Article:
In interviews with seven services, specialising in Greek Orthodox funerals, the directors opened up about their jobs and the anguish of burying members of the Greek community during COVID-19.

One funeral director told of becoming a mourner himself when his mother died in April. Another said how he almost died after he was in a coma for three months with legionnaire’s disease. Other funeral directors spoke of mourners’ heartbreak as they buried their loved ones during COVID-19 restrictions and how some mourners took out their frustrations on them. Some expressed concerns for the well-being of the Greek Orthodox priests, while other funeral directors sought spiritual guidance from the priests. None of the funeral directors contacted had increased their prices.

Since April, funerals in churches in metropolitan Melbourne have been restricted to 10 mourners (not including infants less than 12 months), plus the people required to conduct a funeral. Those left out are able to visit the deceased for viewings, 10 people at a time. People must also wear face coverings and maintain physical distancing of 1.5m.

Despite the difficulties funeral directors were pleased to report that families were all abiding by restrictions.

Funeral directors are also being more careful with their job having changed since the days when they would embalm and handle the body, dressing it all without a face mask. These days, COVID-19 related deaths require funeral directors to wear complete Personal Protective Equipment (PPE) and be fully covered in the mortuary area.

Their job involves paperwork, embalming, viewings and comforting the grieving families.

Below are the stories of directors we spoke with:



The managing director of Orthodox Funeral Services, Peter Tziotzis, first raised the issue of discrepancies in official documents with Neos Kosmos, opening a can of worms in our investigations into the matter in last Saturday’s issue. But beyond the confusion regarding COVID-19, he said he had also experienced first-hand the grief of loosing a loved one during coronavirus lockdown when his own mother died in April, but not from COVID-19.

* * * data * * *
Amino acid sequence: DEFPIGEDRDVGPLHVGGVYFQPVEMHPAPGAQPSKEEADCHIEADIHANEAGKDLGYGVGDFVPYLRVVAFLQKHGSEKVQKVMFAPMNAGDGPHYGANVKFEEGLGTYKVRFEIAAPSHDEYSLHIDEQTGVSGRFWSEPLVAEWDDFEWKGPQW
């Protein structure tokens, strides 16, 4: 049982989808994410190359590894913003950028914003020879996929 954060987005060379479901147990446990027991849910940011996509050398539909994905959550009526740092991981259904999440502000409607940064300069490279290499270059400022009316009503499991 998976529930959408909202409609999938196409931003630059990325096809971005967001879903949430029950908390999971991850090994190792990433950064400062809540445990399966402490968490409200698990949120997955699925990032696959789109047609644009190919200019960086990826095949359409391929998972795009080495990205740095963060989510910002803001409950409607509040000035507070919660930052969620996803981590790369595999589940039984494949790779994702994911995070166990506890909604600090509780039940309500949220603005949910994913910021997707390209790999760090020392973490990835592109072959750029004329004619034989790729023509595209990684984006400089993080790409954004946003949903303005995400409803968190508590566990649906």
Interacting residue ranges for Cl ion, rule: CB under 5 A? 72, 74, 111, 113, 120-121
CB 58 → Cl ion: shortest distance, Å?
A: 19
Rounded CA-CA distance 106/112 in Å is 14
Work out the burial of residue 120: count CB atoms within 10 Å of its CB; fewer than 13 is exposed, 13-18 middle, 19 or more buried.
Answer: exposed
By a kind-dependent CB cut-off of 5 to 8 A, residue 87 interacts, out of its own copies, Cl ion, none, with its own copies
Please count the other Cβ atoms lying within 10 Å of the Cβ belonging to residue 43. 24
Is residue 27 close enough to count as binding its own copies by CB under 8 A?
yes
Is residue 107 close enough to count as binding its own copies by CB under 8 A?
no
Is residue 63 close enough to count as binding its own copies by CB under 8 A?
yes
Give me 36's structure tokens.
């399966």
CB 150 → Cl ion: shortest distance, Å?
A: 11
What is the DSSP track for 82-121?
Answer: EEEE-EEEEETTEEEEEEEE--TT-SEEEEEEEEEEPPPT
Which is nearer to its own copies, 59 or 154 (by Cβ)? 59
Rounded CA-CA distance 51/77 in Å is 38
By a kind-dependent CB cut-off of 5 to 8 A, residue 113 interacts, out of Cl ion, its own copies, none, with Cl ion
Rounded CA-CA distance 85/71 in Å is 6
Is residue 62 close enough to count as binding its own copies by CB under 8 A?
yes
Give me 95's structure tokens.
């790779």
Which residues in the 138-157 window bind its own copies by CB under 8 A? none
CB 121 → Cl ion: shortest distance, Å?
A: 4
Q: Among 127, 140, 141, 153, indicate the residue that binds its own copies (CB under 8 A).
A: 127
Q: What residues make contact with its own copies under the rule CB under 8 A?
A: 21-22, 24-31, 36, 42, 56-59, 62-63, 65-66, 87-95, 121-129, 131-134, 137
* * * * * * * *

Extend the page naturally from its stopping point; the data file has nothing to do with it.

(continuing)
Mr Tziotzis, who has worked in the funeral industry for 16 years, most of those running his own funeral business, said years of experience and the family business’s systems and procedures meant they were able to cope with the large number of burials. He said all his seven staff were Greek Orthodox. When Neos Kosmos spoke to him, he said he had nine funerals that week.

On a personal level he was coping well, but when his spirits were challenged he turned to his faith and Orthodox traditions. “I have support from the priests and receive guidance,” he said. “I tend to pray as much as I can and I ask for God’s help.”

Mr Tziotzis said his own family had been touched by death during the crisis when his mother died during Melbourne’s first lockdown in April, and had various illnesses, but not coronavirus. In respite accommodation, he “could not visit our blessed mother” in person and was only able to see her “through the window, outside in the garden” of the facility before her death, something which caused distress.

“She was very confused. She wasn’t sure of what was going on,” he said. “She couldn’t understand why we couldn’t get any closer.”
He said his mother put her hand on the window. “That’s the rules,” Mr Tziotzis said.

He said priests were in the frontline visiting the ill and comforting the elderly despite church closures.

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Peter Tziotzis prepares for another funeral. Photo: Dora Houpis



Mr Andreas Tziotzis and Peter Tziotzis are brothers, but each has their own funeral business. Mr Andreas Tziotzis, a funeral director for 10 years but running his business for eight, said the head of the family had to decide attendees at the funeral, with some churches choosing to photocopy lists for their records.

Like his brother, he had an “annus horribilis” year on a personal level, but his faith had seen him through the ordeal.

“I was in a coma for three months,” Mr Andreas Tziotzis said of his time at the Alfred Hospital’s Intensive Care Unit from 29 February to 1 July. “They thought I had COVID-19, but it was legionnaires’ disease.”

The symptoms were similar to COVID-19, but he had contracted his illness through the soil in his compost bin, which he jokingly refers to as the “Dalek” from Doctor Who.

“Every time you put egg shells and peels in the bin you are supposed to turn it (the soil) over,” he said, but due to his laxness in doing this there had been a build-up of bacteria. “When I opened up the compost… a strong smell came out,” he said, adding he “became septic” and went into a coma and was put on life support. He survived only to find out his mother had died in April.

“I haven’t had time to mourn my mother,” he said. “As the Queen said… it’s been an annus horribilis.”